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Jesus & Justice | Give Me Justice
February 6, 2022
1And he told them a parable to the effect that they ought always to pray and not lose heart. 2He said, “In a certain city there was a judge who neither feared God nor respected man. 3And there was a widow in that city who kept coming to him and saying, ‘Give me justice against my adversary.’ 4For a while he refused, but afterward he said to himself, ‘Though I neither fear God nor respect man, 5yet because this widow keeps bothering me, I will give her justice, so that she will not beat me down by her continual coming.’” 6And the Lord said, “Hear what the unrighteous judge says. 7And will not God give justice to his elect, who cry to him day and night? Will he delay long over them? 8I tell you, he will give justice to them speedily. Nevertheless, when the Son of Man comes, will he find faith on earth?”
Luke’s introduction to Jesus’ parable in v.1 is telling. He says Jesus told them a parable to the effect that they ought always to pray and not lose heart, which means that Jesus knows that it is difficult to pray and it’s easy to lose heart. Whether we look at the state of our own lives or look out into the world, it appears that injustice, division and oppression prevail in every place and pervade every circumstance. It can be easy to lose heart, and when discouragement sets in, prayer seems ineffective and useless. But Jesus calls us to take heart and pray because our God is the one who has promised and secured for us the justice we long for and the justice our world needs. The parable of the persistent widow, as this passage is commonly known, could also be called the parable of the Just God. God promises justice in and through his son Jesus, so don’t lose heart!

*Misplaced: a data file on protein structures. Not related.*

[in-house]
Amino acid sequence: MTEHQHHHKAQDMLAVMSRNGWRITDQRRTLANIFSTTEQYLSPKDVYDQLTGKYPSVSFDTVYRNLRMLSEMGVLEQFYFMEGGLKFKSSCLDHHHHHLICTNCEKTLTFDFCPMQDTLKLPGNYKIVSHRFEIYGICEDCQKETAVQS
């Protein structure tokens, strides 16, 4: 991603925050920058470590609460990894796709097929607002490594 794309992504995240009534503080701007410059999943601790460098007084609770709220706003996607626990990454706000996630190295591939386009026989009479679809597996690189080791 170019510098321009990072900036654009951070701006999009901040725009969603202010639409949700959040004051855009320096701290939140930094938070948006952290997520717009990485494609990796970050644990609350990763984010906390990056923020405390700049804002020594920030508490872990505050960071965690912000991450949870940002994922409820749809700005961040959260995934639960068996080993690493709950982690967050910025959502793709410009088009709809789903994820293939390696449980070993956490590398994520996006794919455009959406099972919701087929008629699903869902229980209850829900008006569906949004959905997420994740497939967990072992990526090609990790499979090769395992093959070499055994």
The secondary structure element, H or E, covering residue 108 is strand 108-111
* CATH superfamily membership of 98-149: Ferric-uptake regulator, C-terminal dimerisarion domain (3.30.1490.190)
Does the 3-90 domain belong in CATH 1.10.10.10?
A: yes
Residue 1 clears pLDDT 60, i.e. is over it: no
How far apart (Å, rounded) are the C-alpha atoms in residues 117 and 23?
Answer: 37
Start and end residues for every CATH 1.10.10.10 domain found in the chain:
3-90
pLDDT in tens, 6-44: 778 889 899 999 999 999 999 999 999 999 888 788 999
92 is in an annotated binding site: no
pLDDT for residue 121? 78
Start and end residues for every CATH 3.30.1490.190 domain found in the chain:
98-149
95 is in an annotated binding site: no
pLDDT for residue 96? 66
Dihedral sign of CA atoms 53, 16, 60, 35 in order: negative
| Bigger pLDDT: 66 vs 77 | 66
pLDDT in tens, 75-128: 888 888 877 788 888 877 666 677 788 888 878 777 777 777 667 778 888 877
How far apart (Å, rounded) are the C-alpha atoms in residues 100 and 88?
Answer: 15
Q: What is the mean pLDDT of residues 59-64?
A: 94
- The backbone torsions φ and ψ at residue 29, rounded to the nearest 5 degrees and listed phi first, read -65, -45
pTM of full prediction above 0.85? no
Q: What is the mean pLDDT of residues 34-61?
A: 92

To discover and experience Jesus Christ in our midst
To cultivate mutually encouraging relationships
To participate in God’s mission to the world
Holy God, we gather to declare your praise and hear your word. Speak to us now, that we may be wise enough to perceive your call. Strengthen us now, that we may be brave enough to answer when you call. Guide us now, that we may follow where you would have us go. Amen.
Responsive Prayer—Psalm 1:1-6